For one thing, we find out that the largest variation in APC corresponds with panelist location. In data from panelists based in Georgia and Pennsylvania, we received an average of just under 2.4 APC between Dec. 1, 2020, and March 1, 2021, with Georgia marginally the higher of the two. These states plus Massachusetts, South Carolina, and Illinois were the top five locations ranked by APC. (As The Markup previously reported, Georgia was the only state in which political Facebook ads were allowed from December to January, which may have impacted the results.)
At the lower end of the spectrum, data from panelists in Iowa, Connecticut, Louisiana, and Wisconsin contained around 1.9 APC, and data from North Carolina averaged 1.96 APC. We discarded data from geographic regions and other demographic groups that comprised less than one percent of our panel size.
Highest and lowest ranked states by APC
Graphic showing all 50 states and Washington, D.C., shaded from blue (1.8 APC) to dark red (2.4 APC) or gray (insufficient number). Source: Citizen Browser/The Markup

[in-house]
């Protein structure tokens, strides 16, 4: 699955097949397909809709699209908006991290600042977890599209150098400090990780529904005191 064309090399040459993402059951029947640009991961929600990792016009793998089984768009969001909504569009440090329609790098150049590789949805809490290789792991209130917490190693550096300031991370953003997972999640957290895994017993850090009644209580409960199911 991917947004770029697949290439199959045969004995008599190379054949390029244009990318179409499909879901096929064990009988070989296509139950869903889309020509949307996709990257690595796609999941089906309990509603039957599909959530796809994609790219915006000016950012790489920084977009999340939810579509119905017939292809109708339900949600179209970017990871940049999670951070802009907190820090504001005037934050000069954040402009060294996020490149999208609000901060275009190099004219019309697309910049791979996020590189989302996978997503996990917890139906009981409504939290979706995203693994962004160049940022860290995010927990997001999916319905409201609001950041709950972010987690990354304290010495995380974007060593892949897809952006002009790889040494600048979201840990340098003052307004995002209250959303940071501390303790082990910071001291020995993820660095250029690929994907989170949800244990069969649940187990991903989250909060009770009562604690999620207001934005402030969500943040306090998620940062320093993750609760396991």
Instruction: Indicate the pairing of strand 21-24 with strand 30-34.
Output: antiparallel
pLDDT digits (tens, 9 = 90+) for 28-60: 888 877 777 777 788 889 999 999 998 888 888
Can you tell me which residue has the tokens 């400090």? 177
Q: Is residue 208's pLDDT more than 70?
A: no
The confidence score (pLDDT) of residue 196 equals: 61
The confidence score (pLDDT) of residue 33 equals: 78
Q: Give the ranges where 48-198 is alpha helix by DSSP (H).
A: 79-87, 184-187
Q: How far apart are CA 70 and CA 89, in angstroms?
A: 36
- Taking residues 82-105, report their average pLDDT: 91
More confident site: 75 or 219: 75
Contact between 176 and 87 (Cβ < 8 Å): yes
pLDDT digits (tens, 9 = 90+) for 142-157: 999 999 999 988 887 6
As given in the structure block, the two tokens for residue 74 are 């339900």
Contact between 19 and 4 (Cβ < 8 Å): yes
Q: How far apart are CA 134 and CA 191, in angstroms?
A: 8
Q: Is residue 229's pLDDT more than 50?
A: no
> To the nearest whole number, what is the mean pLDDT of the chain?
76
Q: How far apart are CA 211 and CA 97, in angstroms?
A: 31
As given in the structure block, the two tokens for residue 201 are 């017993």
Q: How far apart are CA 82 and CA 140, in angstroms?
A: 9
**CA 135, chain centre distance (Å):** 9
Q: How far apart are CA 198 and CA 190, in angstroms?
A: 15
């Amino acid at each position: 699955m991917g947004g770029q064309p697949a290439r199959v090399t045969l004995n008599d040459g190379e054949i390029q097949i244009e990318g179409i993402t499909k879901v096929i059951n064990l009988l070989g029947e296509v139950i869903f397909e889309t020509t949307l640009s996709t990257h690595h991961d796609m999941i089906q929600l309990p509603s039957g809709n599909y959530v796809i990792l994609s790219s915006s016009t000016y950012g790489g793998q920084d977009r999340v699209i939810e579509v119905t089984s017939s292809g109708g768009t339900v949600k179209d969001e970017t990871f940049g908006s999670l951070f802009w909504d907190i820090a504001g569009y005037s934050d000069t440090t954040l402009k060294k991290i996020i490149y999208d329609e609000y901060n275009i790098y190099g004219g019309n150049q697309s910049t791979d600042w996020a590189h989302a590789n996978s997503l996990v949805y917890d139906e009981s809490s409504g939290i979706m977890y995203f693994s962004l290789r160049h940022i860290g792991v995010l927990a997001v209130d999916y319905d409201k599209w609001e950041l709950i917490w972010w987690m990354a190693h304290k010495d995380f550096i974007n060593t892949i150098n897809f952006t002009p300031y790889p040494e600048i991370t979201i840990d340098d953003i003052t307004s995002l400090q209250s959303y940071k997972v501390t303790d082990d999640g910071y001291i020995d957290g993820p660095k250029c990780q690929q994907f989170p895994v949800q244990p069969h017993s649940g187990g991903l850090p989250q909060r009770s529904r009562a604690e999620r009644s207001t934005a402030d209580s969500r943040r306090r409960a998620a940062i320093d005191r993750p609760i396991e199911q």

Graphic showing all 50 states and Washington, D.C., shaded from blue (1.8 APC) to dark red (2.4 APC) or gray (insufficient number). Source: Citizen Browser/The Markup
There were also variations by age, gender, and race. Of all the age brackets, data from people aged 25 to 34 had the highest APC, and those 45 to 54 years old had the lowest.
APC by age group
Graphic showing the APC of six age groups, from 18–24 to 65-plus. Source: Citizen Browser/The Markup
Graphic showing the APC of six age groups, from 18–24 to 65-plus. Source: Citizen Browser/The Markup
By race, Black panelists had the highest APC, while White panelists and panelists of two or more races had the lowest. Asian/Asian American and Hispanic or Latino panelists ranked somewhere in between.
APC by race
Graphic showing the APC of Black, Latino, Asian, White, and multiracial panelists. Source: Citizen Browser/The Markup
Graphic showing the APC of Black, Latino, Asian, White, and multiracial panelists. Source: Citizen Browser/The Markup
By gender, people who identified as female had a higher APC on average than people who identified as male, although the difference was slight: 2.19 APC for women and 2.08 APC for men. Other classifying characteristics in our analysis, like whether a panelist voted Democrat or Republican in the presidential election, accounted for a negligible difference.
APC by gender